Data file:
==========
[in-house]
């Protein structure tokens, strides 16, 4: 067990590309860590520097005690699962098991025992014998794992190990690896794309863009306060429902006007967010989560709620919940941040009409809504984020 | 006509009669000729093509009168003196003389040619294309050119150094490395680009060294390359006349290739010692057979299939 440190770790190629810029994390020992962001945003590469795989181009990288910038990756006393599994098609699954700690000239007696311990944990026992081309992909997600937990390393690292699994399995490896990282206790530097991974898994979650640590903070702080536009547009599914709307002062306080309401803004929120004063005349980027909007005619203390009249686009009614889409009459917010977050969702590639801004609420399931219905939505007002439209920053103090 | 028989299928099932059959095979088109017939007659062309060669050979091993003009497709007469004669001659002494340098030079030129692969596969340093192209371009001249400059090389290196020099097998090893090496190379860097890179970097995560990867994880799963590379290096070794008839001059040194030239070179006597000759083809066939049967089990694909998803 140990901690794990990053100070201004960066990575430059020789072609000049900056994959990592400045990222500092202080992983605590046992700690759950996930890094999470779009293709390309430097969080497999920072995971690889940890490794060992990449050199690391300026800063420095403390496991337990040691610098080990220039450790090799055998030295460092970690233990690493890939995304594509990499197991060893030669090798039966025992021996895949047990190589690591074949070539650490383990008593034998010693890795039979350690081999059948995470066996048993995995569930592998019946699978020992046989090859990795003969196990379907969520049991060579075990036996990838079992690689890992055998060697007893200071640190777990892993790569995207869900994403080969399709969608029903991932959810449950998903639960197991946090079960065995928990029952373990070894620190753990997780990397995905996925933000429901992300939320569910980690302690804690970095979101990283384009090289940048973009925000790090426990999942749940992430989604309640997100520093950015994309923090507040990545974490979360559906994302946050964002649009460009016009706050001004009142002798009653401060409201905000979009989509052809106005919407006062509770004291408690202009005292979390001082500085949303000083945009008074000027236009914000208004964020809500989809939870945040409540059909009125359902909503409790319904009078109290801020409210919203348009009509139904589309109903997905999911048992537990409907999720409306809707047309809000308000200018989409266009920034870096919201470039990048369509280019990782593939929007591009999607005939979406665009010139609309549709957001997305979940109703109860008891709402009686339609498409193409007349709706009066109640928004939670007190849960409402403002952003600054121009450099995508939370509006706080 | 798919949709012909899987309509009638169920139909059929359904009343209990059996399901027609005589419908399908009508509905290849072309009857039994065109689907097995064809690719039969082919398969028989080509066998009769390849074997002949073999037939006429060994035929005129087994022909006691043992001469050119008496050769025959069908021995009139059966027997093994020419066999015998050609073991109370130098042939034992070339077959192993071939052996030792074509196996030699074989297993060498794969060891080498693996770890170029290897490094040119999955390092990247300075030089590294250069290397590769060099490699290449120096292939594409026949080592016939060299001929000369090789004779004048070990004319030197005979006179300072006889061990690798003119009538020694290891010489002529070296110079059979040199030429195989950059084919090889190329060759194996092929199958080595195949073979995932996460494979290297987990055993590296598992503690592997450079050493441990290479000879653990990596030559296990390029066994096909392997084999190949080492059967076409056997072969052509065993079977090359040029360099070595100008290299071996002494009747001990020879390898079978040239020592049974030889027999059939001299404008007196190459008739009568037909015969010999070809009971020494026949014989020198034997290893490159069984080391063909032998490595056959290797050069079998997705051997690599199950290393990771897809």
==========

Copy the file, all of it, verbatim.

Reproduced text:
[in-house]
């Protein structure tokens, strides 16, 4: 067990590309860590520097005690699962098991025992014998794992190990690896794309863009306060429902006007967010989560709620919940941040009409809504984020 | 006509009669000729093509009168003196003389040619294309050119150094490395680009060294390359006349290739010692057979299939 440190770790190629810029994390020992962001945003590469795989181009990288910038990756006393599994098609699954700690000239007696311990944990026992081309992909997600937990390393690292699994399995490896990282206790530097991974898994979650640590903070702080536009547009599914709307002062306080309401803004929120004063005349980027909007005619203390009249686009009614889409009459917010977050969702590639801004609420399931219905939505007002439209920053103090 | 028989299928099932059959095979088109017939007659062309060669050979091993003009497709007469004669001659002494340098030079030129692969596969340093192209371009001249400059090389290196020099097998090893090496190379860097890179970097995560990867994880799963590379290096070794008839001059040194030239070179006597000759083809066939049967089990694909998803 140990901690794990990053100070201004960066990575430059020789072609000049900056994959990592400045990222500092202080992983605590046992700690759950996930890094999470779009293709390309430097969080497999920072995971690889940890490794060992990449050199690391300026800063420095403390496991337990040691610098080990220039450790090799055998030295460092970690233990690493890939995304594509990499197991060893030669090798039966025992021996895949047990190589690591074949070539650490383990008593034998010693890795039979350690081999059948995470066996048993995995569930592998019946699978020992046989090859990795003969196990379907969520049991060579075990036996990838079992690689890992055998060697007893200071640190777990892993790569995207869900994403080969399709969608029903991932959810449950998903639960197991946090079960065995928990029952373990070894620190753990997780990397995905996925933000429901992300939320569910980690302690804690970095979101990283384009090289940048973009925000790090426990999942749940992430989604309640997100520093950015994309923090507040990545974490979360559906994302946050964002649009460009016009706050001004009142002798009653401060409201905000979009989509052809106005919407006062509770004291408690202009005292979390001082500085949303000083945009008074000027236009914000208004964020809500989809939870945040409540059909009125359902909503409790319904009078109290801020409210919203348009009509139904589309109903997905999911048992537990409907999720409306809707047309809000308000200018989409266009920034870096919201470039990048369509280019990782593939929007591009999607005939979406665009010139609309549709957001997305979940109703109860008891709402009686339609498409193409007349709706009066109640928004939670007190849960409402403002952003600054121009450099995508939370509006706080 | 798919949709012909899987309509009638169920139909059929359904009343209990059996399901027609005589419908399908009508509905290849072309009857039994065109689907097995064809690719039969082919398969028989080509066998009769390849074997002949073999037939006429060994035929005129087994022909006691043992001469050119008496050769025959069908021995009139059966027997093994020419066999015998050609073991109370130098042939034992070339077959192993071939052996030792074509196996030699074989297993060498794969060891080498693996770890170029290897490094040119999955390092990247300075030089590294250069290397590769060099490699290449120096292939594409026949080592016939060299001929000369090789004779004048070990004319030197005979006179300072006889061990690798003119009538020694290891010489002529070296110079059979040199030429195989950059084919090889190329060759194996092929199958080595195949073979995932996460494979290297987990055993590296598992503690592997450079050493441990290479000879653990990596030559296990390029066994096909392997084999190949080492059967076409056997072969052509065993079977090359040029360099070595100008290299071996002494009747001990020879390898079978040239020592049974030889027999059939001299404008007196190459008739009568037909015969010999070809009971020494026949014989020198034997290893490159069984080391063909032998490595056959290797050069079998997705051997690599199950290393990771897809």